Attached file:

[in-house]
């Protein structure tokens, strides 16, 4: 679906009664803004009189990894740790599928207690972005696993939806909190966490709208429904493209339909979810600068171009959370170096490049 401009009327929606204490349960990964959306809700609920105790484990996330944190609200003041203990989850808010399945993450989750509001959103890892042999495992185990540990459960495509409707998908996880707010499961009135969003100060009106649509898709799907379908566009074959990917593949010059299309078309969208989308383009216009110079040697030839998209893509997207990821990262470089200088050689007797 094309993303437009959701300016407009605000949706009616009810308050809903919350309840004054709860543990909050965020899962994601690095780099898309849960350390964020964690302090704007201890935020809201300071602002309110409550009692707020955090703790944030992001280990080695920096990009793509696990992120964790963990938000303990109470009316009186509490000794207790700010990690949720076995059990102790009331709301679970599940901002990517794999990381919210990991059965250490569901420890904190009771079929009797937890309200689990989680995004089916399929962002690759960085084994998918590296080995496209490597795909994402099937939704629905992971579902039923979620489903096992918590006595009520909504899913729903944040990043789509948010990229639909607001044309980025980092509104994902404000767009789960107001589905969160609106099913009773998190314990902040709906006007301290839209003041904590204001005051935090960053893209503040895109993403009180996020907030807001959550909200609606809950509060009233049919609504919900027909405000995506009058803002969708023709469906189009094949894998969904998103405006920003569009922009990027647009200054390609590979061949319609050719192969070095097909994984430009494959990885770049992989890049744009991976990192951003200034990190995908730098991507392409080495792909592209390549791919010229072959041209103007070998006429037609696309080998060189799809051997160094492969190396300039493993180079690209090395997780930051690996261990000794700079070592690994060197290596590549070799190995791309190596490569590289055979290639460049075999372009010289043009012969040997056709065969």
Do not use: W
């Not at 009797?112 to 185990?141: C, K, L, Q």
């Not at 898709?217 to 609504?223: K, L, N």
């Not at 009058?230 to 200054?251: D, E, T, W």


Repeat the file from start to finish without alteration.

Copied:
[in-house]
């Protein structure tokens, strides 16, 4: 679906009664803004009189990894740790599928207690972005696993939806909190966490709208429904493209339909979810600068171009959370170096490049 401009009327929606204490349960990964959306809700609920105790484990996330944190609200003041203990989850808010399945993450989750509001959103890892042999495992185990540990459960495509409707998908996880707010499961009135969003100060009106649509898709799907379908566009074959990917593949010059299309078309969208989308383009216009110079040697030839998209893509997207990821990262470089200088050689007797 094309993303437009959701300016407009605000949706009616009810308050809903919350309840004054709860543990909050965020899962994601690095780099898309849960350390964020964690302090704007201890935020809201300071602002309110409550009692707020955090703790944030992001280990080695920096990009793509696990992120964790963990938000303990109470009316009186509490000794207790700010990690949720076995059990102790009331709301679970599940901002990517794999990381919210990991059965250490569901420890904190009771079929009797937890309200689990989680995004089916399929962002690759960085084994998918590296080995496209490597795909994402099937939704629905992971579902039923979620489903096992918590006595009520909504899913729903944040990043789509948010990229639909607001044309980025980092509104994902404000767009789960107001589905969160609106099913009773998190314990902040709906006007301290839209003041904590204001005051935090960053893209503040895109993403009180996020907030807001959550909200609606809950509060009233049919609504919900027909405000995506009058803002969708023709469906189009094949894998969904998103405006920003569009922009990027647009200054390609590979061949319609050719192969070095097909994984430009494959990885770049992989890049744009991976990192951003200034990190995908730098991507392409080495792909592209390549791919010229072959041209103007070998006429037609696309080998060189799809051997160094492969190396300039493993180079690209090395997780930051690996261990000794700079070592690994060197290596590549070799190995791309190596490569590289055979290639460049075999372009010289043009012969040997056709065969």
Do not use: W
């Not at 009797?112 to 185990?141: C, K, L, Q």
């Not at 898709?217 to 609504?223: K, L, N």
């Not at 009058?230 to 200054?251: D, E, T, W």